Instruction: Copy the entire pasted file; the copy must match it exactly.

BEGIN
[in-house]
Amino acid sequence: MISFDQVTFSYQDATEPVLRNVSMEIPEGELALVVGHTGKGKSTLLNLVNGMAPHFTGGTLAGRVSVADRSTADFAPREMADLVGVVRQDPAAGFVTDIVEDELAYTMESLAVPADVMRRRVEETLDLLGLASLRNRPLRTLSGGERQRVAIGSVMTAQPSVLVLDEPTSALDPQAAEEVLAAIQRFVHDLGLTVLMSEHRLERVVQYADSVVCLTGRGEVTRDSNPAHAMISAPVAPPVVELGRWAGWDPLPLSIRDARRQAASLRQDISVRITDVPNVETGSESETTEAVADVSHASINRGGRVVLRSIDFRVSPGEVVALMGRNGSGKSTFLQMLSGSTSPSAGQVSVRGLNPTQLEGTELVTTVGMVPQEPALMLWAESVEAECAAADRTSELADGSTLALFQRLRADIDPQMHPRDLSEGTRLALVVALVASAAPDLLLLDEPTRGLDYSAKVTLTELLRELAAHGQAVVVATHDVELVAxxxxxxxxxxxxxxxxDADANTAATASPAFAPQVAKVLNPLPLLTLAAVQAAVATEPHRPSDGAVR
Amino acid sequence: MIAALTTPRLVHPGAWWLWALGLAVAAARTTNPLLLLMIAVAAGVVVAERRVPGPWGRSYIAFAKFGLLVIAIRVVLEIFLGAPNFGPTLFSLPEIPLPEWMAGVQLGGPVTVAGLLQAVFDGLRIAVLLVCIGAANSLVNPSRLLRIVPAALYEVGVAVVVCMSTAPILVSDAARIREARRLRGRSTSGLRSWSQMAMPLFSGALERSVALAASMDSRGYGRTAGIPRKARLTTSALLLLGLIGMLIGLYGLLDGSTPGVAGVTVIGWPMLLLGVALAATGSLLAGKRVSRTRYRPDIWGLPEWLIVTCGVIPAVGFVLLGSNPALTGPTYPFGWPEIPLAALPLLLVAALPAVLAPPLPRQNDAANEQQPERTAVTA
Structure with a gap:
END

[in-house]
Amino acid sequence: MISFDQVTFSYQDATEPVLRNVSMEIPEGELALVVGHTGKGKSTLLNLVNGMAPHFTGGTLAGRVSVADRSTADFAPREMADLVGVVRQDPAAGFVTDIVEDELAYTMESLAVPADVMRRRVEETLDLLGLASLRNRPLRTLSGGERQRVAIGSVMTAQPSVLVLDEPTSALDPQAAEEVLAAIQRFVHDLGLTVLMSEHRLERVVQYADSVVCLTGRGEVTRDSNPAHAMISAPVAPPVVELGRWAGWDPLPLSIRDARRQAASLRQDISVRITDVPNVETGSESETTEAVADVSHASINRGGRVVLRSIDFRVSPGEVVALMGRNGSGKSTFLQMLSGSTSPSAGQVSVRGLNPTQLEGTELVTTVGMVPQEPALMLWAESVEAECAAADRTSELADGSTLALFQRLRADIDPQMHPRDLSEGTRLALVVALVASAAPDLLLLDEPTRGLDYSAKVTLTELLRELAAHGQAVVVATHDVELVAxxxxxxxxxxxxxxxxDADANTAATASPAFAPQVAKVLNPLPLLTLAAVQAAVATEPHRPSDGAVR
Amino acid sequence: MIAALTTPRLVHPGAWWLWALGLAVAAARTTNPLLLLMIAVAAGVVVAERRVPGPWGRSYIAFAKFGLLVIAIRVVLEIFLGAPNFGPTLFSLPEIPLPEWMAGVQLGGPVTVAGLLQAVFDGLRIAVLLVCIGAANSLVNPSRLLRIVPAALYEVGVAVVVCMSTAPILVSDAARIREARRLRGRSTSGLRSWSQMAMPLFSGALERSVALAASMDSRGYGRTAGIPRKARLTTSALLLLGLIGMLIGLYGLLDGSTPGVAGVTVIGWPMLLLGVALAATGSLLAGKRVSRTRYRPDIWGLPEWLIVTCGVIPAVGFVLLGSNPALTGPTYPFGWPEIPLAALPLLLVAALPAVLAPPLPRQNDAANEQQPERTAVTA
Structure with a gap: